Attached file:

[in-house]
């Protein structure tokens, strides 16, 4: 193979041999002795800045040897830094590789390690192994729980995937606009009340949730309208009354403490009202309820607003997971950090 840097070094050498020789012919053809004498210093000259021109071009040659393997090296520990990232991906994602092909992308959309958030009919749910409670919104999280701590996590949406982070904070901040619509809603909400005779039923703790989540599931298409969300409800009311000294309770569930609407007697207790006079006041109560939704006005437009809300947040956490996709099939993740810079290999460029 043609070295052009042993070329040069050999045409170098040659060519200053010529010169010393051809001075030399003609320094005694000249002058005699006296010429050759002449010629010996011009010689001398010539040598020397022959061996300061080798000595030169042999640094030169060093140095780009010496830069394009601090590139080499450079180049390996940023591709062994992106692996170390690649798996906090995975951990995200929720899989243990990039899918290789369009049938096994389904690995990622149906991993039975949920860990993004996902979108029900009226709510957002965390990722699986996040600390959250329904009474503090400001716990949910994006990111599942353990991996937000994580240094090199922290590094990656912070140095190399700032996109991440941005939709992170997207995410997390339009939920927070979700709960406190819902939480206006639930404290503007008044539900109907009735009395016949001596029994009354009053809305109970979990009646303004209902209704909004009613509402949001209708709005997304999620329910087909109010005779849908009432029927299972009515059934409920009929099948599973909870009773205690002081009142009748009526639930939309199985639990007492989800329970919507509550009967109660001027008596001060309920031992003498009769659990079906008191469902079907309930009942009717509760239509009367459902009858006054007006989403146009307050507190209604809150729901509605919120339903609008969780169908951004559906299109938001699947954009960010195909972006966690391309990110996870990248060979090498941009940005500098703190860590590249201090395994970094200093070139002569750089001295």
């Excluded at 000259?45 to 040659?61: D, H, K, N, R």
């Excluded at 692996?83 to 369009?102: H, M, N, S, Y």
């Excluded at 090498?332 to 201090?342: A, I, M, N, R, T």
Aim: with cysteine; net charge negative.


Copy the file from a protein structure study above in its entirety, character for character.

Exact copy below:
[in-house]
């Protein structure tokens, strides 16, 4: 193979041999002795800045040897830094590789390690192994729980995937606009009340949730309208009354403490009202309820607003997971950090 840097070094050498020789012919053809004498210093000259021109071009040659393997090296520990990232991906994602092909992308959309958030009919749910409670919104999280701590996590949406982070904070901040619509809603909400005779039923703790989540599931298409969300409800009311000294309770569930609407007697207790006079006041109560939704006005437009809300947040956490996709099939993740810079290999460029 043609070295052009042993070329040069050999045409170098040659060519200053010529010169010393051809001075030399003609320094005694000249002058005699006296010429050759002449010629010996011009010689001398010539040598020397022959061996300061080798000595030169042999640094030169060093140095780009010496830069394009601090590139080499450079180049390996940023591709062994992106692996170390690649798996906090995975951990995200929720899989243990990039899918290789369009049938096994389904690995990622149906991993039975949920860990993004996902979108029900009226709510957002965390990722699986996040600390959250329904009474503090400001716990949910994006990111599942353990991996937000994580240094090199922290590094990656912070140095190399700032996109991440941005939709992170997207995410997390339009939920927070979700709960406190819902939480206006639930404290503007008044539900109907009735009395016949001596029994009354009053809305109970979990009646303004209902209704909004009613509402949001209708709005997304999620329910087909109010005779849908009432029927299972009515059934409920009929099948599973909870009773205690002081009142009748009526639930939309199985639990007492989800329970919507509550009967109660001027008596001060309920031992003498009769659990079906008191469902079907309930009942009717509760239509009367459902009858006054007006989403146009307050507190209604809150729901509605919120339903609008969780169908951004559906299109938001699947954009960010195909972006966690391309990110996870990248060979090498941009940005500098703190860590590249201090395994970094200093070139002569750089001295």
């Excluded at 000259?45 to 040659?61: D, H, K, N, R």
């Excluded at 692996?83 to 369009?102: H, M, N, S, Y």
């Excluded at 090498?332 to 201090?342: A, I, M, N, R, T």
Aim: with cysteine; net charge negative.